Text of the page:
J’s review published on Letterboxd:
I know next to nothing about Tonya Harding and this was probably one of the reasons why I enjoyed this more than I expected. having an unreliable narrator brilliantly works in I, Tonya and you are left to take other “truths” outside of the film. with the tone opposite its themes of domestic abuse, violence, et cetera, the runtime passes easily although it could come across as insensitive and too light at times. it challenges certain pre-conditioned judgements people already have about the protagonist and are left to feel pity (and left disgusted for pitying) for someone who did an atrocious thing. did this redeem Tonya Harding herself? I can’t say but stripping down everything she is human and had very troubled childhood and relationships — in no way does this justify what she may or may not have done but to see complexity rather than villainous caricature and seeing all the fuck-ups she experienced which contributed to who she has become, she becomes interesting and ‘real’ (a little psychoanalysis you may say). parents do fuck us up big time, nothing new.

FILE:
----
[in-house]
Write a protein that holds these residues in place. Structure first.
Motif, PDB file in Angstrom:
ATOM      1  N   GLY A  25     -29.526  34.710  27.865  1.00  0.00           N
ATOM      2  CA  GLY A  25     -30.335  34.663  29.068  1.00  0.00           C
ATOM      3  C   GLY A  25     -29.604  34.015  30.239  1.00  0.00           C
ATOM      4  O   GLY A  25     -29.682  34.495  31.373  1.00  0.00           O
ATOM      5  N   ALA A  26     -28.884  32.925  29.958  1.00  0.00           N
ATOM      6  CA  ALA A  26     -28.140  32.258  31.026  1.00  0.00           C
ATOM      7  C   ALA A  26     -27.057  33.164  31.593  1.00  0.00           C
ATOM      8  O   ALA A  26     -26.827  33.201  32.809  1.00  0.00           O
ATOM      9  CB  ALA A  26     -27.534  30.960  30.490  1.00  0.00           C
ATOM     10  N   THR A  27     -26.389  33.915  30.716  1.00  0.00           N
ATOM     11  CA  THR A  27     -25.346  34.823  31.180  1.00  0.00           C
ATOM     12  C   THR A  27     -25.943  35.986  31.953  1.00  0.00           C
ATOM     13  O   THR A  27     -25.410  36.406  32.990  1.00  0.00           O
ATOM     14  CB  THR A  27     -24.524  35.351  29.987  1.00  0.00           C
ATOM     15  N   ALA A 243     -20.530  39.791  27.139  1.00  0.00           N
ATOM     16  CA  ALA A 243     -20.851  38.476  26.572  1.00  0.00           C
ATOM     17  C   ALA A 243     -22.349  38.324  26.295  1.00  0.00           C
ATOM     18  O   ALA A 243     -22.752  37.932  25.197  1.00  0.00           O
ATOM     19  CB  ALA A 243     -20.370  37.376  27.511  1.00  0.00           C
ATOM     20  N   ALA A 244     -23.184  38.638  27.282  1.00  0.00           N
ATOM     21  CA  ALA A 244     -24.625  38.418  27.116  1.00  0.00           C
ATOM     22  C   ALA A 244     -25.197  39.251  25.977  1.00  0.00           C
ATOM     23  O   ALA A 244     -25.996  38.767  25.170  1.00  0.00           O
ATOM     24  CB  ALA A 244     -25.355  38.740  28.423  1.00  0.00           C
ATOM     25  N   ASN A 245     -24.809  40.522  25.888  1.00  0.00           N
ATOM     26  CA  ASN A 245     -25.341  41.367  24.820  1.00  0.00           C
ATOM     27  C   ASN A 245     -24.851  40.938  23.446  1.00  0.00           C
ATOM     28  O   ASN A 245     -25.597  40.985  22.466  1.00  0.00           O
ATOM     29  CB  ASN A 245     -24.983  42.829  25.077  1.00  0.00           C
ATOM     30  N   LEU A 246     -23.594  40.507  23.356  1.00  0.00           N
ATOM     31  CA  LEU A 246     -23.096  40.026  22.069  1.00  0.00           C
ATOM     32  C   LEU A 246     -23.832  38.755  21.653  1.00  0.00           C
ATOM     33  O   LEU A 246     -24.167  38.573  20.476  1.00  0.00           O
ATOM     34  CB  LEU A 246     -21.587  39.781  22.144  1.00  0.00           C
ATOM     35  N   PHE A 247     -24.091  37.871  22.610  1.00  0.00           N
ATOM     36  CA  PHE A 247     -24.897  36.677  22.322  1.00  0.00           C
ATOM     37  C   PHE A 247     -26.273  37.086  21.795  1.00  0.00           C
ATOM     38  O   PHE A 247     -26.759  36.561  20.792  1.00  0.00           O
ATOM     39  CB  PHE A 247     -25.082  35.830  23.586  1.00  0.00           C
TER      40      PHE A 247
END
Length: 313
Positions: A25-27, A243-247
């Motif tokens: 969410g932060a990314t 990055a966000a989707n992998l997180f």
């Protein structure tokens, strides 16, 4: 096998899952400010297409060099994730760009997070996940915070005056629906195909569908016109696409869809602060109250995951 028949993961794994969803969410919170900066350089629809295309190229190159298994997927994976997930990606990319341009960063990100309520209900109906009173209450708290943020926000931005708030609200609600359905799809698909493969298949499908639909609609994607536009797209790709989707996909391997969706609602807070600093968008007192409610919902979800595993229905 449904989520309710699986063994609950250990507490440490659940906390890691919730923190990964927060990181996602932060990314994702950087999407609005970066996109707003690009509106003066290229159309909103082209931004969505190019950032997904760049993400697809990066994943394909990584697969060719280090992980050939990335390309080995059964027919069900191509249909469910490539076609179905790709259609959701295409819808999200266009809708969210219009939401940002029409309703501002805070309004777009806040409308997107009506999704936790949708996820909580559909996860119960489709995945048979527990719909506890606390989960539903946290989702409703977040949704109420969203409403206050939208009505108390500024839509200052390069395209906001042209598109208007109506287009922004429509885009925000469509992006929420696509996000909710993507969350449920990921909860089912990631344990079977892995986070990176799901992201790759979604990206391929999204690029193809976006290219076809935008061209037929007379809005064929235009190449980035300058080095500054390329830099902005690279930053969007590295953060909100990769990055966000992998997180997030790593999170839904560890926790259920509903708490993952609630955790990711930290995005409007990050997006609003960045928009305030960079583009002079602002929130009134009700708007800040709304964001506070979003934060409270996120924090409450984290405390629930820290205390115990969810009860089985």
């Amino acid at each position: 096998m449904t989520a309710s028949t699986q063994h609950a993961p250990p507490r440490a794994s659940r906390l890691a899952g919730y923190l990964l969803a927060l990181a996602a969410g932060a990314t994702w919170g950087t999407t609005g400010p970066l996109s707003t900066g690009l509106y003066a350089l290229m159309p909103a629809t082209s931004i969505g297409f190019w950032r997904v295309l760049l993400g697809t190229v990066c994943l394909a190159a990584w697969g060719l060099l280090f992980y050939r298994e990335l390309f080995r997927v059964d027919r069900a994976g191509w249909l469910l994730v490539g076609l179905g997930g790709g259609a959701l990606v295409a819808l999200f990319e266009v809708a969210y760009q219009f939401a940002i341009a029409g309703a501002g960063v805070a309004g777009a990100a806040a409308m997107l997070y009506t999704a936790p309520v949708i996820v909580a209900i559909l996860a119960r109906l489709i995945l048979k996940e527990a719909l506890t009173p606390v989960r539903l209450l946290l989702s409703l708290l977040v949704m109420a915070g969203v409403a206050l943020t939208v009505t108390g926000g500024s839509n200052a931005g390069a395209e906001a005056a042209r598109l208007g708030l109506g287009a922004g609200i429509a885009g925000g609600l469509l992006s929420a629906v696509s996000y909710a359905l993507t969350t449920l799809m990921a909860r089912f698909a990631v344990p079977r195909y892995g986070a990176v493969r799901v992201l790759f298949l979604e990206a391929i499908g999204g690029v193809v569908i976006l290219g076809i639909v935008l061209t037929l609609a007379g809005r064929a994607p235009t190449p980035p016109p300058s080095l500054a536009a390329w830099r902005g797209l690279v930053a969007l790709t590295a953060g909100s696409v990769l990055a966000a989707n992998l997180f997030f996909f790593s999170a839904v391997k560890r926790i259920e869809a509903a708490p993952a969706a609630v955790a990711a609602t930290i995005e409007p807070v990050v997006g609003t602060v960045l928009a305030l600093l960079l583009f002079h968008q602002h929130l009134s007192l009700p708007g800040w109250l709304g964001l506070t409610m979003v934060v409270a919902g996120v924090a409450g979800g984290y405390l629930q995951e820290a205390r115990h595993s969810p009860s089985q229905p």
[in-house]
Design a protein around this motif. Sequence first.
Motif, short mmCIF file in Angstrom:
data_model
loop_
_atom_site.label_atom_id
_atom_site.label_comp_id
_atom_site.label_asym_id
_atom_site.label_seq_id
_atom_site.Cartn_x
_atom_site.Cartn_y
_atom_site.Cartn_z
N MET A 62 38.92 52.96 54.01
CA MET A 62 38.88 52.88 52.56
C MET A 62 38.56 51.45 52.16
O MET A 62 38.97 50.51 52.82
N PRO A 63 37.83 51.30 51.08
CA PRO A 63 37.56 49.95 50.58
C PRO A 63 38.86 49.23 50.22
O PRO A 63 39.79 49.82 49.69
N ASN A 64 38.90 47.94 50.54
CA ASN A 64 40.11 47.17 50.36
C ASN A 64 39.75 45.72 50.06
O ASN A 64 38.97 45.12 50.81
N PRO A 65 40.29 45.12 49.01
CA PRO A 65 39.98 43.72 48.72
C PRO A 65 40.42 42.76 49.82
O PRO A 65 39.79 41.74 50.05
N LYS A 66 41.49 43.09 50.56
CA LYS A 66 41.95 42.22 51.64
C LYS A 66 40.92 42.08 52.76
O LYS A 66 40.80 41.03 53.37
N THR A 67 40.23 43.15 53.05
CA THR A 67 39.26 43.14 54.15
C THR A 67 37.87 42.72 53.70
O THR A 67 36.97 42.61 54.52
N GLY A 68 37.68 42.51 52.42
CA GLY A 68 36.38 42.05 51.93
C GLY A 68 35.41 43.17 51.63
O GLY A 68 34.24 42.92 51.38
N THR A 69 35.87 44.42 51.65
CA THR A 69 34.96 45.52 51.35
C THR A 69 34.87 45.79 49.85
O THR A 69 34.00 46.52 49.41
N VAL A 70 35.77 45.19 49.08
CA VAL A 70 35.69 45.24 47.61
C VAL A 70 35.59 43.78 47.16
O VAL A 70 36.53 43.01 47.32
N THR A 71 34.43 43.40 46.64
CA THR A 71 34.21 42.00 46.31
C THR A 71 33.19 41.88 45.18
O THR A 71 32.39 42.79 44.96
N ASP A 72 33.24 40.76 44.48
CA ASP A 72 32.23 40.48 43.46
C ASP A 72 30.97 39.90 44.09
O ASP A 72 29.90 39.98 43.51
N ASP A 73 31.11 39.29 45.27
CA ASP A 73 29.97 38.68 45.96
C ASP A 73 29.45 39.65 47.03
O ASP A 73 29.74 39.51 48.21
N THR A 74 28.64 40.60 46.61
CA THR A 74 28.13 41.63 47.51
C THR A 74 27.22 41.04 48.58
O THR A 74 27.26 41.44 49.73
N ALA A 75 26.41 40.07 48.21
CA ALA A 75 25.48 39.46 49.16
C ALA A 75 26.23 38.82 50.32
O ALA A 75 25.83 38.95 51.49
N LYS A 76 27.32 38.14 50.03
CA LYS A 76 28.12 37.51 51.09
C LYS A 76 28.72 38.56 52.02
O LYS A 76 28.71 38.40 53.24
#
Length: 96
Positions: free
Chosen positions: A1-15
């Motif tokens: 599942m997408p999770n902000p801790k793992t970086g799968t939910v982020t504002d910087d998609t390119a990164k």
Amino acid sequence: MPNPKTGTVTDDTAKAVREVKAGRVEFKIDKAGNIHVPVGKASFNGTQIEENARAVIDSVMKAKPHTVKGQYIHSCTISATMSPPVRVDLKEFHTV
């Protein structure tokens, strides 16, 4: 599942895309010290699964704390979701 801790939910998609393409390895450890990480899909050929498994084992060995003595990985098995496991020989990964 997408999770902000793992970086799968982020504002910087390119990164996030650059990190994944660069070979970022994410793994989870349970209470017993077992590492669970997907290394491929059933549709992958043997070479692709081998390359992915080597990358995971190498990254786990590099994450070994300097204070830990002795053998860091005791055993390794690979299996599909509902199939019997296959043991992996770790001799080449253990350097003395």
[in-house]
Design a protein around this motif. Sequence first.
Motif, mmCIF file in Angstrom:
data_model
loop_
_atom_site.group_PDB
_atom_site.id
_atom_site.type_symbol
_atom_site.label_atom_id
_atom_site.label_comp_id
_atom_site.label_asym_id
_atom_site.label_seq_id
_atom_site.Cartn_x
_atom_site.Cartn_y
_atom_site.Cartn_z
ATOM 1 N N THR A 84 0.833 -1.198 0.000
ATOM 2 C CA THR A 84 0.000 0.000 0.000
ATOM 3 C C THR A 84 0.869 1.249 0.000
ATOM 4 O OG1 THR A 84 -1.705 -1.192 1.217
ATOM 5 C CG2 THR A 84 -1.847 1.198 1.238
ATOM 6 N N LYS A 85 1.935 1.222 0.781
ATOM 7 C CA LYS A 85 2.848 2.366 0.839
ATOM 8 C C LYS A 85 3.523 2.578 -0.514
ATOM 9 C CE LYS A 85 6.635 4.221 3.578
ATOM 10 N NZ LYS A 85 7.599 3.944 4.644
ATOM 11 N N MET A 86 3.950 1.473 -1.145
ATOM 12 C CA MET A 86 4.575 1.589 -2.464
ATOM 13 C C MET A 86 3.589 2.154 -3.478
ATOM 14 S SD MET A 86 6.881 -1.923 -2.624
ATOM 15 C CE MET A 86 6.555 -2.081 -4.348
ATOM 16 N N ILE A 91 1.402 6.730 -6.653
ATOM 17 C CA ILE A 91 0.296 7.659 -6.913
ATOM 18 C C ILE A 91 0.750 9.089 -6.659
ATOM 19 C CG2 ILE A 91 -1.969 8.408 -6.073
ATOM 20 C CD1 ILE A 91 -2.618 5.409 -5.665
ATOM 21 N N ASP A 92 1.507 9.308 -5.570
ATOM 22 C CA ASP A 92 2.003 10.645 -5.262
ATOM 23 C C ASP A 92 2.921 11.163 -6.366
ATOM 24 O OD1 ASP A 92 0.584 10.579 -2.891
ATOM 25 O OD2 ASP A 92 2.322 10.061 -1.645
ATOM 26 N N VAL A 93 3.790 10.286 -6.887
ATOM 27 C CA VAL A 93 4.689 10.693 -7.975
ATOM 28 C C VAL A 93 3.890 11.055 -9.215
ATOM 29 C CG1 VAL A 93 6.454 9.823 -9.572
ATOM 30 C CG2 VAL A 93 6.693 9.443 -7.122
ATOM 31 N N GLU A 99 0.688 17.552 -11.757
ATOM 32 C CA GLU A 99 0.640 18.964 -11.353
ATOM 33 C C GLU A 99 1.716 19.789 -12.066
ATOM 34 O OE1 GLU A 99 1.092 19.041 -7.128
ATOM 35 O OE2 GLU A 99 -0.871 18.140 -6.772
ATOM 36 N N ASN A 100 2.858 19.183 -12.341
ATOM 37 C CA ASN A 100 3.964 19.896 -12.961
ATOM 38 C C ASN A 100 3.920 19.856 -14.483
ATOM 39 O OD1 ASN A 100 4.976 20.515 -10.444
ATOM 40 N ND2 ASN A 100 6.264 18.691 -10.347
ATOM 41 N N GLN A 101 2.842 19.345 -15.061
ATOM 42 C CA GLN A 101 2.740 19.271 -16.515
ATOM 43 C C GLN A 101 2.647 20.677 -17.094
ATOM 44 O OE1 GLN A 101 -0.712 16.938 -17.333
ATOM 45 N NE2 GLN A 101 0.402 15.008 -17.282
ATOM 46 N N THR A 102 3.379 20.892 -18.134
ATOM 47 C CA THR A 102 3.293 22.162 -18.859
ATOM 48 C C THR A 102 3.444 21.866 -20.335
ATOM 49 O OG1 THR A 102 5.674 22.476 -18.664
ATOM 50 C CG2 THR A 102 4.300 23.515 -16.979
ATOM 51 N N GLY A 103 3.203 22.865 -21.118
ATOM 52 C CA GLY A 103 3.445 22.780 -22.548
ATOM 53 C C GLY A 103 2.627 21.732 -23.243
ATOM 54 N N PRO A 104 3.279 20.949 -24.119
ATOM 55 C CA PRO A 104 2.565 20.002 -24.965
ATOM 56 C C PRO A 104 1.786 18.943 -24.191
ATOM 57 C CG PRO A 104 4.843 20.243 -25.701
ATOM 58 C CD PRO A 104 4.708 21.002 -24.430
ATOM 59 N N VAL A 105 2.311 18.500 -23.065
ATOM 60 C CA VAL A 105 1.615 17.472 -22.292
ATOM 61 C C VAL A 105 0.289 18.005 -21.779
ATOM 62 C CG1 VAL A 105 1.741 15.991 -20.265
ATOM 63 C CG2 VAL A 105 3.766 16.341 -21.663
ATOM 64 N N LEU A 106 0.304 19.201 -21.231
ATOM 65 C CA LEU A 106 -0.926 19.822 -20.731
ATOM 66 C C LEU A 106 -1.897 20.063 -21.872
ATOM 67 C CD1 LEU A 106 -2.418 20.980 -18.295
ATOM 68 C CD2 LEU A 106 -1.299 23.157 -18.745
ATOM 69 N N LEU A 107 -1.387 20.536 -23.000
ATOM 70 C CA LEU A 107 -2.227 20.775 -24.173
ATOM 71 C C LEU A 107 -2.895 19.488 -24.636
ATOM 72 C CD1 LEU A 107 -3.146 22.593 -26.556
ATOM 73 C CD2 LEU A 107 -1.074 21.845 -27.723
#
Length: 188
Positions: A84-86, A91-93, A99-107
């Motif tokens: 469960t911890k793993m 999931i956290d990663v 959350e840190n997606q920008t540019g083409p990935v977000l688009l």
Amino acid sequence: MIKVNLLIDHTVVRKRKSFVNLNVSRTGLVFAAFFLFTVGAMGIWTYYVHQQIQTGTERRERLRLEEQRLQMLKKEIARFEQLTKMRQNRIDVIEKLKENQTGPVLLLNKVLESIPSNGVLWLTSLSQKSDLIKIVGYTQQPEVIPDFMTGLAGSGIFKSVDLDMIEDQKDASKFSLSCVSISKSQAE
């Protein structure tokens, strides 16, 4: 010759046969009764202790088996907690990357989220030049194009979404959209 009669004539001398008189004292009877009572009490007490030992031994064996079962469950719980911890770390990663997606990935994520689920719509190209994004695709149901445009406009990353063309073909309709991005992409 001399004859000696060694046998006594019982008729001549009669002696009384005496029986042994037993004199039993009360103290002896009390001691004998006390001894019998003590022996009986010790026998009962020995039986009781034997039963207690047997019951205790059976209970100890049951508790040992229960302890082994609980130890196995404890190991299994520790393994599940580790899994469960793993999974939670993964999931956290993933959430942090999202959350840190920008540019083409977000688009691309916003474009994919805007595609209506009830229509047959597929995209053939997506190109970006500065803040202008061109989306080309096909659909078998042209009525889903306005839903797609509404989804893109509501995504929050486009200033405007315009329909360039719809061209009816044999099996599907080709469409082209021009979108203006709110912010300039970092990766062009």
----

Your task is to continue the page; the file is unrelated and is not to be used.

Margot Robbie’s performance was very good and I loved the scene where she was doing her own make-up in front of a mirror with her facial expression on the verge of a breakdown just to try to put on a brave face again.
(also I have a big crush on Allison Janney before now I don’t know.)